We would always remember her kindness to us. Then I blew her a kiss and left with a heavy heart.  I shall pray for Mrs Thorn who will always be on my mind. In the evening, I packed and ready to leave.  

March 20 Friday. I walked from the hotel to the bus station. The National Coach departed on schedule at 11am. But around 1 pm, the bus had something falling off. Luckily, we got off M4 safely and were picked up by another coach heading to Heathrow. I was dropped off at Heathrow Central Bus Terminal at 3 pm and took Bus 105 to Leonardo Hotel near the airport.

I turned on the TV and watched the Prime Minister Boris Johnson announcing the lockdown decision in London and extraordinary measures to pay employees 80% of their pay in order to keep jobs and boast the economy. New York and California are also introducing lockdown arrangements with a view to checking the spread of the virus. It is scary and surreal to see London and New York two world cities being locked down.  What would happen next?

March 21 Saturday: London – Hong Kong

The Finnair flight to Helsinki would depart at 10:25 am. I got up early and took Bus U3 to Terminal 3. I arrived for self-check in at Finnair before 8 am.  But the machine would not allow me to check in. I went to the counter and was told that Bangkok had announced restrictions on Friday and visitors without a government health certificate could not enter. Malaysia is closed too.

I took the bad news calmly: my blood pressure was not rising. No panic. I have learnt that anything can happen in this crazy world and we have to face the music.

The best and only option now was to find a direct flight home. I found the Cathay Pacific ticket counter which is close to the Finnair counter. I queued up behind a man and a lady. There was only a lady at the counter with another man working in the office behind the counter. After helping two customers to change their tickets, Regina spoke to me calmly and softly with a smile. I told her what had happened with my Finnair flight and asked her to find me a ticket home.  I also mentioned that I should have gone home from Los Angeles with CX on March 16.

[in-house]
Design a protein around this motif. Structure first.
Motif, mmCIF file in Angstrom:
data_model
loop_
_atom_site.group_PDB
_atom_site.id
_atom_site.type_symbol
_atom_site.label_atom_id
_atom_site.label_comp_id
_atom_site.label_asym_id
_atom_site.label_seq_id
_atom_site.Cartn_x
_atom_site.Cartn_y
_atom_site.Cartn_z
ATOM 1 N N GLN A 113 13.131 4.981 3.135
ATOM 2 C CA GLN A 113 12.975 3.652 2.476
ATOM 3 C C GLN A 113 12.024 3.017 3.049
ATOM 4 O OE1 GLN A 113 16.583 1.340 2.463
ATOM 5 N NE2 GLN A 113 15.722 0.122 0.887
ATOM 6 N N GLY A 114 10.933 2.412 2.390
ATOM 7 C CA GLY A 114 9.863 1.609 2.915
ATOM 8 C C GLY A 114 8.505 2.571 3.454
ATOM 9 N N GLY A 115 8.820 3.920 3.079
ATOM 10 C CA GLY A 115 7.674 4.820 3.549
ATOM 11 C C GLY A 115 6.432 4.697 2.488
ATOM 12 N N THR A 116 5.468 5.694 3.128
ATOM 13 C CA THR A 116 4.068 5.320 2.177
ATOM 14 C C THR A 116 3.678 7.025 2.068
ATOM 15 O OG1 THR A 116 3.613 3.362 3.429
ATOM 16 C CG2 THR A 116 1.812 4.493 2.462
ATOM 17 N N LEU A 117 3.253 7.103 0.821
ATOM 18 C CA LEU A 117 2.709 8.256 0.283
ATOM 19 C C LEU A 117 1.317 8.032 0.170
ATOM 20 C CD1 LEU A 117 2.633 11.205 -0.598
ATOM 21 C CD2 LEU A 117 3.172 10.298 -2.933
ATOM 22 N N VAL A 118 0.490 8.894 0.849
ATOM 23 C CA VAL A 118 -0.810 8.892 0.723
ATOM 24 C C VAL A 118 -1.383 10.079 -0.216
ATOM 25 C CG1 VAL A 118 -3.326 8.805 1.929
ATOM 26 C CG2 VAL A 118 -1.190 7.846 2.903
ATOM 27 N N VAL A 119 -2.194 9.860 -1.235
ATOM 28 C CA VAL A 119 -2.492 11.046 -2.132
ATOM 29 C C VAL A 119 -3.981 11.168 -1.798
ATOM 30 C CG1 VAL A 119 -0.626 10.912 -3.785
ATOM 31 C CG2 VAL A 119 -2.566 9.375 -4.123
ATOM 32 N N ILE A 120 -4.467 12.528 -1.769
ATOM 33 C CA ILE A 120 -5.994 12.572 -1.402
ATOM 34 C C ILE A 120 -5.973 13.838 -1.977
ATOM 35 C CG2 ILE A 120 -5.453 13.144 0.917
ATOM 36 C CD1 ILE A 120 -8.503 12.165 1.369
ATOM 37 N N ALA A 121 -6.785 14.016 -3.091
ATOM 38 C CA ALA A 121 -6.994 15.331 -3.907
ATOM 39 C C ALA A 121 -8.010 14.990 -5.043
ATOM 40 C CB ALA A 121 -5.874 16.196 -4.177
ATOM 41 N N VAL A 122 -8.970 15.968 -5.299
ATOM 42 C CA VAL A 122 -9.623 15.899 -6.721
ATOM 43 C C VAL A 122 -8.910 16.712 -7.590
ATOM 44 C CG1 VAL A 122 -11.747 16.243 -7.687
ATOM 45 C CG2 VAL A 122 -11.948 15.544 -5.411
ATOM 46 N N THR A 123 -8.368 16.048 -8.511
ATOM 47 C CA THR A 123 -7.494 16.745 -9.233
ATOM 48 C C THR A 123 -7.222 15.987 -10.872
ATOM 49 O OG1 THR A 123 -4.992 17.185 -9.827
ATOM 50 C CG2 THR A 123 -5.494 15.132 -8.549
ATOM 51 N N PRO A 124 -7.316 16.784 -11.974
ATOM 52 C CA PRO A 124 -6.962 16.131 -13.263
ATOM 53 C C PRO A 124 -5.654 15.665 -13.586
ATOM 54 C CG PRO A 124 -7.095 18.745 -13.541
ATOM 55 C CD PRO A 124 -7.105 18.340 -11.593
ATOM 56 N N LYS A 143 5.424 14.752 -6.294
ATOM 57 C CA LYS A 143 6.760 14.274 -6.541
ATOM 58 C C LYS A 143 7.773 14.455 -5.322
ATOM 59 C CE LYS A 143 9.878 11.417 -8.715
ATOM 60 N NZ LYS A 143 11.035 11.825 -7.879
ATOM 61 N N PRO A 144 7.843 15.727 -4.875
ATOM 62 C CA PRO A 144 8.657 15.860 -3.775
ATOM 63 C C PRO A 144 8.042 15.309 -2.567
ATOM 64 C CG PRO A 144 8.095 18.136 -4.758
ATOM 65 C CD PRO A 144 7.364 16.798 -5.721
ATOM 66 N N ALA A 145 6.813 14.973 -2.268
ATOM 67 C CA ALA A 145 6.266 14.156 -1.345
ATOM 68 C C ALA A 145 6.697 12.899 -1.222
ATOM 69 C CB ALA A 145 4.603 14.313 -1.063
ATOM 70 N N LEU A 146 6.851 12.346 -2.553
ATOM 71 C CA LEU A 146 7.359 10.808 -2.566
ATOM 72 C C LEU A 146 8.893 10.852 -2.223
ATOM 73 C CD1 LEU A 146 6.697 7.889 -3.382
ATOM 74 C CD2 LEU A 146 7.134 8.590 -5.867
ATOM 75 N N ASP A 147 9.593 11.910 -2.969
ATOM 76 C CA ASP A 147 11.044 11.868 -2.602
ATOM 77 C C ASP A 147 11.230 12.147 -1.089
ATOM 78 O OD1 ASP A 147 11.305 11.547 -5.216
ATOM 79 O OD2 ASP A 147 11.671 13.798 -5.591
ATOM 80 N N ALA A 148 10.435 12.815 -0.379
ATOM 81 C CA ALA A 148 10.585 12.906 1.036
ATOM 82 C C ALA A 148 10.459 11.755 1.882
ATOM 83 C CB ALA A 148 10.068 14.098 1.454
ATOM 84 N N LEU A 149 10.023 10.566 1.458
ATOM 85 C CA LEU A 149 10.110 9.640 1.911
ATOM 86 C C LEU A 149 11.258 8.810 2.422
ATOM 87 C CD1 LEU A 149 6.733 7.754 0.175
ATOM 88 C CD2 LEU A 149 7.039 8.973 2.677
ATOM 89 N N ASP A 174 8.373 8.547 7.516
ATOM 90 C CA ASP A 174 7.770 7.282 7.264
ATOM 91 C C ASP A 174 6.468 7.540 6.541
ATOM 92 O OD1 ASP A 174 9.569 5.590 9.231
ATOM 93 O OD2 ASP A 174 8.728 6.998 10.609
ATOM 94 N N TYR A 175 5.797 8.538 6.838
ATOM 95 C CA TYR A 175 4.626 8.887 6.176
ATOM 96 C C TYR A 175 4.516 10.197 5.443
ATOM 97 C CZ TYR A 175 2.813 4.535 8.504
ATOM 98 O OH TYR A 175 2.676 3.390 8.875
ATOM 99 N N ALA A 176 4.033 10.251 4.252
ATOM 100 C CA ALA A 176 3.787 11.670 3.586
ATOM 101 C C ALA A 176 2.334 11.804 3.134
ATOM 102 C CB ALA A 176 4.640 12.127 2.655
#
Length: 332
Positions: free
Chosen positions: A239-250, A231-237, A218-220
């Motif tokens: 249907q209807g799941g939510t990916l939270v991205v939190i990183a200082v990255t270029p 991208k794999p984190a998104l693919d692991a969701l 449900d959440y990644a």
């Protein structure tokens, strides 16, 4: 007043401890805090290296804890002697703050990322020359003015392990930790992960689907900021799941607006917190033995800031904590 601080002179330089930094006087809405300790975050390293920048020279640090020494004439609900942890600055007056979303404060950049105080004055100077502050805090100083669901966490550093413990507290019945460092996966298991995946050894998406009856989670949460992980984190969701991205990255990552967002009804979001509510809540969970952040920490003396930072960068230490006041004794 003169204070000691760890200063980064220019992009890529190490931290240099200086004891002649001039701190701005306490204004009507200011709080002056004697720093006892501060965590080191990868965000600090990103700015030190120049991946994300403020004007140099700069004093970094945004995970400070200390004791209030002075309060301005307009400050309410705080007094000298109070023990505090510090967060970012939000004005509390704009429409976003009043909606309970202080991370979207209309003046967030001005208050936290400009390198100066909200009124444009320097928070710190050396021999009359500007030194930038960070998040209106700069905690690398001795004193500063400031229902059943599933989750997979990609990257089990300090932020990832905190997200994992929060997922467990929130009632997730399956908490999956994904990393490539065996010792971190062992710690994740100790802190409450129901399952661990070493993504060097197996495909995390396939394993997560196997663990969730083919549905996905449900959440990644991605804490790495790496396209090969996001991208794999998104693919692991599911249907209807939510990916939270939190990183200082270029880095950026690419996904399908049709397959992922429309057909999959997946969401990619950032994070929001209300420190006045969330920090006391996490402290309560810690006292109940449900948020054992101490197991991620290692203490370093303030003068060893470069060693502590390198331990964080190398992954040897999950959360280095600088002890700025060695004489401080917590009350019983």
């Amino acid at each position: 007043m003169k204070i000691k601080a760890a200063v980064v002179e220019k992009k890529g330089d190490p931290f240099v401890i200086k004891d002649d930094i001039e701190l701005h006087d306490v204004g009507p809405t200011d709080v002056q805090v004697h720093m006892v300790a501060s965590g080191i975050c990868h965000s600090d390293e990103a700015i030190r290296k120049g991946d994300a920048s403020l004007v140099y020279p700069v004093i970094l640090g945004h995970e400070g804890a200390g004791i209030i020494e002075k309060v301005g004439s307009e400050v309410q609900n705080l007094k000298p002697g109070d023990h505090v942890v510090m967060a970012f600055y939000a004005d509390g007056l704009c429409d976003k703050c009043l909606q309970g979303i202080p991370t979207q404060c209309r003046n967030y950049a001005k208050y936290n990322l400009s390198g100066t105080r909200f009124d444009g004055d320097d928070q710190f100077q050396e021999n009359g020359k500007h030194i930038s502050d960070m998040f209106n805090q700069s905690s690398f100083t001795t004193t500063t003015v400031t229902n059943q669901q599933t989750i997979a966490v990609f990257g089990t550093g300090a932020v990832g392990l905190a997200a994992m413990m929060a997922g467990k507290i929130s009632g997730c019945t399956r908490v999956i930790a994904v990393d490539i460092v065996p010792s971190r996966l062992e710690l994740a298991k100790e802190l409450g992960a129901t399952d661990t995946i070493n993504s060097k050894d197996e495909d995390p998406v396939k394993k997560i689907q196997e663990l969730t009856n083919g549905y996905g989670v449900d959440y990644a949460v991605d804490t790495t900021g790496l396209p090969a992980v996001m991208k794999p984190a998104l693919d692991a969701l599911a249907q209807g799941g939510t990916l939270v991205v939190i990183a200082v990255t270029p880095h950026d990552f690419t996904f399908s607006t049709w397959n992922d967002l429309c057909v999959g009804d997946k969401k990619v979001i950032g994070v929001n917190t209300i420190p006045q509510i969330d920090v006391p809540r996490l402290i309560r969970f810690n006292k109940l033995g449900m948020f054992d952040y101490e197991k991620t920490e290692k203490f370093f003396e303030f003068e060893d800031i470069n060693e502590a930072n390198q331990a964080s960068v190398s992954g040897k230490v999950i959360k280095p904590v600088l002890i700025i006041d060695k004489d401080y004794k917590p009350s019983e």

Regina was most efficient and found me an economy seat for about ₤600 on CX252 departing at 11:15am. As I had many Asia Miles points which would expire soon, I asked whether I could use the points for upgrade. After checking and having consultation with her colleagues, Regina got me the last seat in the business class using my Asia Miles. What a miracle!

Regina is my guarding angel. I am most grateful for her help, patience and efficiency. I had a wonderful and most comfortable flight. I watched four films, had a delicious lunch with prawns as starter and fish as the main course and two glasses of white wine. What an unforgettable and most extraordinary journey home!